Turkey says that it, together with the US, wants an IS-free zone in northern Syria. That is fine. But who will fill the vacuum in areas cleared of IS?
After several months of reluctant negotiations, Turkey has anxiously decided to join the allied battle against the radical Islamists who fight under the flag of the Islamic State of Iraq and Syria (or Islamic State, ISIS, IS). Turkish jets bombed IS strongholds inside Syria, and police detained hundreds of IS supporters operating in Turkey, including two leaders. Moreover, Turkish ministers hastily signed a decree that would allow the U.S. military to use the critical Incirlik air base for strikes against IS targets. Incirlik, in southern Turkey near the Syrian border, is close to many IS strongholds and will cut response times for U.S. aircraft, increasing the efficiency of anti-militant operations.
Turkey says that it, together with the U.S., wants an IS-free zone in northern Syria. That is fine. But who will fill the vacuum in areas cleared of IS? That is an extremely important question Turkey’s American allies should think about with extreme care. Turkey simply finds joining the international campaign against IS an opportunity to install pro-Sunni Islamist rule in areas now controlled by IS.
This is how Turkish Prime Minister Ahmet Davutoglu describes, with all the unrealistic euphemism he could think of, the militias he apparently wishes would replace IS’s brutal Islamists:
“We need to support moderate opposition forces there. Moderate opposition forces means all those forces who are tolerant of other Syrian citizens, who do not commit any terrorist crimes and who do not collaborate with the Syrian regime, which is responsible for all these humanitarian tragedies in the last four, five years.”
The key word here is “moderate.” In all reality, Davutoglu wants to replace extreme Islamists with less extreme Islamists. And the less extreme ones come under a different flag: the Free Syrian Army (FSA), which Turkey has vehemently supported over the past few years, in the hope that it would fight and topple Turkey’s regional nemesis, Syria’s President Bashar al-Assad.
The FSA was formed in August 2011 by Syrian army deserters, and was based in Turkey. Unsurprisingly, its fighters are 90% Sunni, which explains the real appeal to the Sunni supremacist Davutoglu. The FSA militias are a ragtag group of rebels with a cause: to build a Sunni Islamist Syria, albeit not a Salafist Syria. The group does not have a real structure, money or sophisticated weapons to fight either Assad or the Islamic State.
Members of the Free Syrian Army’s Al-Tawhid Brigade pose for a photo in Aleppo, in 2012. (Image source: Vice video screenshot)
In Syria’s civil war, it is not uncommon to see fighters moving from one group to another. In March, for instance, the US-backed “moderate” rebel group, Harakat Hazzam, disbanded and its members joined extremist groups such as the al-Nusrah Front (ANF), an al-Qaeda offshoot, and the Levant Front, a coalition of rebels, also with ties to al-Qaeda. The ANF has, in addition,picked up thousands of men who once fought under the flag of the FSA.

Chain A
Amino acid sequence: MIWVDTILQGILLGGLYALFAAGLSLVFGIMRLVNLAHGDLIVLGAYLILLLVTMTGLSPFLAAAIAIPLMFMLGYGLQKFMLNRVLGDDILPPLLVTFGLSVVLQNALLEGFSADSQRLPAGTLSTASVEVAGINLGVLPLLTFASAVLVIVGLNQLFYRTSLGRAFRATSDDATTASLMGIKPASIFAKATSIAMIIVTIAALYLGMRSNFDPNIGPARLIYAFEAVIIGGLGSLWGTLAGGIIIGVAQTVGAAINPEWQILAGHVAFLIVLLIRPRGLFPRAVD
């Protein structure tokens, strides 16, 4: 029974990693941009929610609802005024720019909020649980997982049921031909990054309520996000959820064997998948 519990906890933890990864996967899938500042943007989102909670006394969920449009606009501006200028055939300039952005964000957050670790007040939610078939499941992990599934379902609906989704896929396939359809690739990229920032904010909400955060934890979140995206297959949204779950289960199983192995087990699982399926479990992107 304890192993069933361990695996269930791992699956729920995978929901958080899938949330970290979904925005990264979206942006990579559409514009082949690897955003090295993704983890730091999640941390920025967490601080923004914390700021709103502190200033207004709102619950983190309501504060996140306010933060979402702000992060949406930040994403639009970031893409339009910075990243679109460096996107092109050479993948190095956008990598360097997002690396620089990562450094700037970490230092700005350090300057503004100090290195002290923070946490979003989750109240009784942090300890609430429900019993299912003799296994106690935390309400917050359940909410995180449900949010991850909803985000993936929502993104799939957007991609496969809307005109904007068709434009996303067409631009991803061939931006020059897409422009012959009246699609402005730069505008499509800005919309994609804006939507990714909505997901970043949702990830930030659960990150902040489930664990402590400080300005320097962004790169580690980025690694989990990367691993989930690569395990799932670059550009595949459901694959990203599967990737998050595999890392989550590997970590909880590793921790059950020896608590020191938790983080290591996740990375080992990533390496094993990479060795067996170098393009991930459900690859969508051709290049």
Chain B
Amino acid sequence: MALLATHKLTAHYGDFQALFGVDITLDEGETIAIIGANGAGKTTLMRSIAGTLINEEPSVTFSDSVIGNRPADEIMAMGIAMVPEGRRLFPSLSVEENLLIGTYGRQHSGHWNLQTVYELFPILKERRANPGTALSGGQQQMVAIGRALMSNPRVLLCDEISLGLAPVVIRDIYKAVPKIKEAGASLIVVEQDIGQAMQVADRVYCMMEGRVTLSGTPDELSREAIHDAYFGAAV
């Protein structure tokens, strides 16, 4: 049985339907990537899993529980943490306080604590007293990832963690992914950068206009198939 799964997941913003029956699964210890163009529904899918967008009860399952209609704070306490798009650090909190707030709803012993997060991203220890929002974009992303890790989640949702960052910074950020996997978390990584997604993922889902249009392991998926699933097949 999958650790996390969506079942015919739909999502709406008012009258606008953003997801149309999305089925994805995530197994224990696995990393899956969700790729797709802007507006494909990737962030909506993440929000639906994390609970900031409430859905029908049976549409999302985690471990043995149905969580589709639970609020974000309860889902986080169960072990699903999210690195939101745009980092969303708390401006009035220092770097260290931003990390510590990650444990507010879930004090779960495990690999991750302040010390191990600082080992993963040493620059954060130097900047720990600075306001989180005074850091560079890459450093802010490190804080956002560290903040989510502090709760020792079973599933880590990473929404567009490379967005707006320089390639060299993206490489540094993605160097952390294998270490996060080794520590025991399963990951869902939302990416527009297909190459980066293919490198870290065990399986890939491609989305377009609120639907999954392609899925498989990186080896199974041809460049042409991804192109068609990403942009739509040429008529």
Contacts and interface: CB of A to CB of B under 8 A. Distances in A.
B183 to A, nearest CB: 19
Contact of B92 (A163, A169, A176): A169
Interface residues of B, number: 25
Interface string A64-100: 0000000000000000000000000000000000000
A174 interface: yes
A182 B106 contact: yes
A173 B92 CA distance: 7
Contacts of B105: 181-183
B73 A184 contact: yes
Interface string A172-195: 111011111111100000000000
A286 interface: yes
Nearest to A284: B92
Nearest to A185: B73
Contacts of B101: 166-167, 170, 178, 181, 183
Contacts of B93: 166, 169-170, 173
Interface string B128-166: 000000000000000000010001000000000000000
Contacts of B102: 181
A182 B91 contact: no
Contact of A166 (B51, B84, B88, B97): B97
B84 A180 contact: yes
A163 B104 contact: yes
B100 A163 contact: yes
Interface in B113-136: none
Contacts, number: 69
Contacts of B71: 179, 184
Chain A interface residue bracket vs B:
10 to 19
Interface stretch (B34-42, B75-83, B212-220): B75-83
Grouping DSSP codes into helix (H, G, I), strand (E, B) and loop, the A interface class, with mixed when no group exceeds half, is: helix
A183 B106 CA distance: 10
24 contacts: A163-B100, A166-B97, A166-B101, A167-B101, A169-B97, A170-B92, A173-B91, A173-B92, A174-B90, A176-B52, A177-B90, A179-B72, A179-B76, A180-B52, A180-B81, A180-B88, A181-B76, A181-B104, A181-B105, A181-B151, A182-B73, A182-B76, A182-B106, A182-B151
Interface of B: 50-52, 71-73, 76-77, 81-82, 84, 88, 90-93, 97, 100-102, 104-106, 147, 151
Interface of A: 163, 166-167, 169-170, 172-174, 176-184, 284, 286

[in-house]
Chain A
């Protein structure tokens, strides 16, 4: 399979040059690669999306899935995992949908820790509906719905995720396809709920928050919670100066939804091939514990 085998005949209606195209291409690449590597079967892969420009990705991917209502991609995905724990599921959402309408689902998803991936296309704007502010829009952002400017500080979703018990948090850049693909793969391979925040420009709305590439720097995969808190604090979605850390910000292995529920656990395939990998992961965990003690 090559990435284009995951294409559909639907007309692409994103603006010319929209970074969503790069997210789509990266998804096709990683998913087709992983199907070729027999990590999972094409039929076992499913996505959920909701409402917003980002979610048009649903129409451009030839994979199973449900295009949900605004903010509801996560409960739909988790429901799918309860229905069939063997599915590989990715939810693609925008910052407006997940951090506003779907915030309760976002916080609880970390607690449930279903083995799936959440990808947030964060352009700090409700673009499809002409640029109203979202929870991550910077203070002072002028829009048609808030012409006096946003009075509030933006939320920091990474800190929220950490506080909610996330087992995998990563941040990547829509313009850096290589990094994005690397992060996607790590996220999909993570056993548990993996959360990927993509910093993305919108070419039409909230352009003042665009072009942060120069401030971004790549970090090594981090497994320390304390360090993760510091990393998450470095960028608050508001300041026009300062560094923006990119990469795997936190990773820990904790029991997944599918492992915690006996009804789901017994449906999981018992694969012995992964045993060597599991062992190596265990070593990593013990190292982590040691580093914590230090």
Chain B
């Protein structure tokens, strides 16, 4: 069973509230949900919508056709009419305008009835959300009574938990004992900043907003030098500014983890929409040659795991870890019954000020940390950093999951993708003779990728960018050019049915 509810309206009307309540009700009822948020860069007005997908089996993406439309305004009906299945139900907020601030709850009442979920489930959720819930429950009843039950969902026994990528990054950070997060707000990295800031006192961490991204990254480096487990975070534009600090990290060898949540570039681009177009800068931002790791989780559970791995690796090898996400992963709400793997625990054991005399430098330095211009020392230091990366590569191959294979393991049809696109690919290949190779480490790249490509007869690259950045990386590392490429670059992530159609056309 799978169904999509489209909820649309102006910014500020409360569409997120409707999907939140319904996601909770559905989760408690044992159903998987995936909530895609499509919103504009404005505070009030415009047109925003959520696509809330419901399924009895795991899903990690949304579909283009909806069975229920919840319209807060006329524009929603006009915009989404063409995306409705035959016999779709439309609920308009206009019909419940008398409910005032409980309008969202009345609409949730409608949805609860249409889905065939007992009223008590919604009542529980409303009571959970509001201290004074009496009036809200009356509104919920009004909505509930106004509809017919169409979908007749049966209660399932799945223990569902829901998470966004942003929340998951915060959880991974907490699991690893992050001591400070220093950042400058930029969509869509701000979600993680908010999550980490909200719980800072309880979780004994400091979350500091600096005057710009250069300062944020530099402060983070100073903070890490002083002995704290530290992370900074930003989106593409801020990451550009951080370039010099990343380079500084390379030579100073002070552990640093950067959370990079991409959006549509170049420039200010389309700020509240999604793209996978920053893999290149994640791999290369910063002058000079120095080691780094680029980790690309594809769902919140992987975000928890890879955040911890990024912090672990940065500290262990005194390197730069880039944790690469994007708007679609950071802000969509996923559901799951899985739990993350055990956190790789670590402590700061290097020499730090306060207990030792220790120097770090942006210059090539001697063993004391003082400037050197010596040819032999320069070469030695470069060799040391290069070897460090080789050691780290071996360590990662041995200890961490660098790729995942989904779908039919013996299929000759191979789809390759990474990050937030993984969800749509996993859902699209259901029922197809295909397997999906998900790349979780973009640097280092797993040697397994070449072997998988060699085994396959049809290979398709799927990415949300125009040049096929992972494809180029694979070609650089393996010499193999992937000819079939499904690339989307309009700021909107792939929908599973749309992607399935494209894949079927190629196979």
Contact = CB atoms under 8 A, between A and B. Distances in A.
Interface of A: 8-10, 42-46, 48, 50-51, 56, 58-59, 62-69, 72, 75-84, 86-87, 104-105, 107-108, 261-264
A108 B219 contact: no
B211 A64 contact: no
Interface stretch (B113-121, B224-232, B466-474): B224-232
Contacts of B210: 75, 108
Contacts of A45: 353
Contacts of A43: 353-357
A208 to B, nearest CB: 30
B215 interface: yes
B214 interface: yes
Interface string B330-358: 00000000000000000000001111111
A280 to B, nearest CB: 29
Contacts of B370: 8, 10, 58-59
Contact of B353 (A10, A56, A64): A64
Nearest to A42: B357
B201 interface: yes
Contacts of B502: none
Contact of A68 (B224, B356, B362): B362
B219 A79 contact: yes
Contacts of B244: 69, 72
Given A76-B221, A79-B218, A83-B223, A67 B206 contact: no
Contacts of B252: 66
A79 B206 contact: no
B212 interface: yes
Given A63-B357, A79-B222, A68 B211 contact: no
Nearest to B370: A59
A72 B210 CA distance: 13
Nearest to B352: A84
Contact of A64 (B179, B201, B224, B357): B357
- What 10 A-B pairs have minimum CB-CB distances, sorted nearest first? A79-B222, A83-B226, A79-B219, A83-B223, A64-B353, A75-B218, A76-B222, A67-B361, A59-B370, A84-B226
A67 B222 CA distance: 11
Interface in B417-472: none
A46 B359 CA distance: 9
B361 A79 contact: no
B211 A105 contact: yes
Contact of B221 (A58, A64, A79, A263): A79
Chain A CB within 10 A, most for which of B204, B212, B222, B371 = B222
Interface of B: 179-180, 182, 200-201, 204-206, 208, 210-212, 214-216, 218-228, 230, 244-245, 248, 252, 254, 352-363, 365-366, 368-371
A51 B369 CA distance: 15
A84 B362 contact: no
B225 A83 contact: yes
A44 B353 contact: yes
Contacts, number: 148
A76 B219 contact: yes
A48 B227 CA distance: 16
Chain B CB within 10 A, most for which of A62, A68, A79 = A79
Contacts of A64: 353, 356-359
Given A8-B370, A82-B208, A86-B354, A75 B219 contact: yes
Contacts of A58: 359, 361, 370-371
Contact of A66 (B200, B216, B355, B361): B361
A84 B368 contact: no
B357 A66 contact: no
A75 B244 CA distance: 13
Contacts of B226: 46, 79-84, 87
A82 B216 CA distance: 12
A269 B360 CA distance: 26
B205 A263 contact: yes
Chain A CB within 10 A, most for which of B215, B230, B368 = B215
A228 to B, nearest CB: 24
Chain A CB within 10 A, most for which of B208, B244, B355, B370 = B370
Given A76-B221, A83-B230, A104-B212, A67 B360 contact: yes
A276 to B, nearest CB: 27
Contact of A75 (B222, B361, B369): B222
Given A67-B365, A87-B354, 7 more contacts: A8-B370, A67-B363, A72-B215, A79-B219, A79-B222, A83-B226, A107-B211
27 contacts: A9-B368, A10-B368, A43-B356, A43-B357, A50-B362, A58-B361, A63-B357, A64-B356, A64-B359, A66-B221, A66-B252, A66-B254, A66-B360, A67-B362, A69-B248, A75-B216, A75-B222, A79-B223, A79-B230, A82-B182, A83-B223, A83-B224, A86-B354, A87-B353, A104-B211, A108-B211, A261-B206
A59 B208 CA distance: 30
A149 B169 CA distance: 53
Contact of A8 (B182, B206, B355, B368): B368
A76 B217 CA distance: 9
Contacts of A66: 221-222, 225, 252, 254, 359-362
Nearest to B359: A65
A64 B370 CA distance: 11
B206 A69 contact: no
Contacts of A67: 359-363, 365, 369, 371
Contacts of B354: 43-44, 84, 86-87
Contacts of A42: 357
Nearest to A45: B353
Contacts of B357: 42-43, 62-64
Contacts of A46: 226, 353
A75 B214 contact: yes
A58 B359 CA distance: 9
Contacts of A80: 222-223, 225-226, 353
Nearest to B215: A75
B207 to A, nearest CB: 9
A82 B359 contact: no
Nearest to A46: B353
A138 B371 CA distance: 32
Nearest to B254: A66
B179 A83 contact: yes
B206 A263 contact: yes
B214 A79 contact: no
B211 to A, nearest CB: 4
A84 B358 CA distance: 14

Almost invariably, the groups fighting in Syria, with varying degrees of violence, are Islamists. If Davutoglu can market the FSA to his American allies, he will be nurturing, on his private agenda, another Islamist group that can potentially become another band of jihadists. Davutoglu is trying to make Syria an extension of Turkey for Muslim Brotherhood Sunni Islam.
In 2012, the Human Rights Watch (HRW) issued an open letter to opposition groups in Syria, including the FSA, accusing them of carrying out kidnappings, torture and executions. A United Nations-sponsored inquiry commission documented war crimes committed by these groups.
Some FSA-aligned groups have been criticized for having an affiliation with radical Islamists. The group itself was accused of summarily executing innumerable prisoners it held. Furthermore, the UN offered credible allegations against opposition groups, including the FSA, that they wererecruiting children as soldiers. The FSA was mentioned in a 2014 HRW report detailing the widespread practice of using child soldiers — just as the IS is doing. All that is reasonable when you recall that some FSA-aligned brigades are working with hardline Islamist groups, including al-Qaeda and Ahrar Al-Sham.
Such is the profile of the “moderate” rebel group that Turkey supports and tells the U.S. is the “good guys” fighting for democracy in Syria.
In other words, with U.S. help, Turkey wants to build, in parts of Syria, a Sunni Islamist rule, which it hopes will expand into other Syrian regions, finally reaching Damascus.
This may not be a realistic scenario, but even its progress can potentially create new Frankenstein monsters in Syria, with, most likely, “moderate” Islamists taking off their masks and becoming the radicals they in fact are.
Burak Bekdil, based in Ankara, is a Turkish columnist for the Hürriyet Daily and a Fellow at the Middle East Forum.
Menachem Begin in December 1942 wearing the Polish Army uniform of Gen. Anders’ forces with his wife Aliza and David Yutan; (back row) Moshe Stein and Israel Epstein
(photo credit: JABOTINSKY ARCHIVES)